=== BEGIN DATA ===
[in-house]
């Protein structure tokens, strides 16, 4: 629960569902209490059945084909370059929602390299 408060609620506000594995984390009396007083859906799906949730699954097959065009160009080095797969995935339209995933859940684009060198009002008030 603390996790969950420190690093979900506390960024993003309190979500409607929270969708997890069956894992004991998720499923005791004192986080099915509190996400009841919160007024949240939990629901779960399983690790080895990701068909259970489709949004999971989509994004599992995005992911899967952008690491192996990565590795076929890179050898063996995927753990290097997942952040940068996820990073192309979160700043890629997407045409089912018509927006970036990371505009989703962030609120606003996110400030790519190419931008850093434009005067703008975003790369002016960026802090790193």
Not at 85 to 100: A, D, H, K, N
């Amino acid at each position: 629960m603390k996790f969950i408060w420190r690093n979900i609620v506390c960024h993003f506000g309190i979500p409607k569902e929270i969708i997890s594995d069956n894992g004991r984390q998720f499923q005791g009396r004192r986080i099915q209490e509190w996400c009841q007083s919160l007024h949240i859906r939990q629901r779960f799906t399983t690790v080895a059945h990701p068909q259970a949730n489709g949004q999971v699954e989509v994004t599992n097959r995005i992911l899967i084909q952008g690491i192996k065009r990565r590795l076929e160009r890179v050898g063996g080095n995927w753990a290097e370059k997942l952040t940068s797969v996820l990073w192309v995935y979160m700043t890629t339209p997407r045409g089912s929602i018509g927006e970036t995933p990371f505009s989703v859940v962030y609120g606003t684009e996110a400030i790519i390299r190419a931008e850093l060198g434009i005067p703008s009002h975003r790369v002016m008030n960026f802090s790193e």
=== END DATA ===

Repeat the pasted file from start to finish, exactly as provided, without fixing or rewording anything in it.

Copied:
[in-house]
């Protein structure tokens, strides 16, 4: 629960569902209490059945084909370059929602390299 408060609620506000594995984390009396007083859906799906949730699954097959065009160009080095797969995935339209995933859940684009060198009002008030 603390996790969950420190690093979900506390960024993003309190979500409607929270969708997890069956894992004991998720499923005791004192986080099915509190996400009841919160007024949240939990629901779960399983690790080895990701068909259970489709949004999971989509994004599992995005992911899967952008690491192996990565590795076929890179050898063996995927753990290097997942952040940068996820990073192309979160700043890629997407045409089912018509927006970036990371505009989703962030609120606003996110400030790519190419931008850093434009005067703008975003790369002016960026802090790193």
Not at 85 to 100: A, D, H, K, N
């Amino acid at each position: 629960m603390k996790f969950i408060w420190r690093n979900i609620v506390c960024h993003f506000g309190i979500p409607k569902e929270i969708i997890s594995d069956n894992g004991r984390q998720f499923q005791g009396r004192r986080i099915q209490e509190w996400c009841q007083s919160l007024h949240i859906r939990q629901r779960f799906t399983t690790v080895a059945h990701p068909q259970a949730n489709g949004q999971v699954e989509v994004t599992n097959r995005i992911l899967i084909q952008g690491i192996k065009r990565r590795l076929e160009r890179v050898g063996g080095n995927w753990a290097e370059k997942l952040t940068s797969v996820l990073w192309v995935y979160m700043t890629t339209p997407r045409g089912s929602i018509g927006e970036t995933p990371f505009s989703v859940v962030y609120g606003t684009e996110a400030i790519i390299r190419a931008e850093l060198g434009i005067p703008s009002h975003r790369v002016m008030n960026f802090s790193e």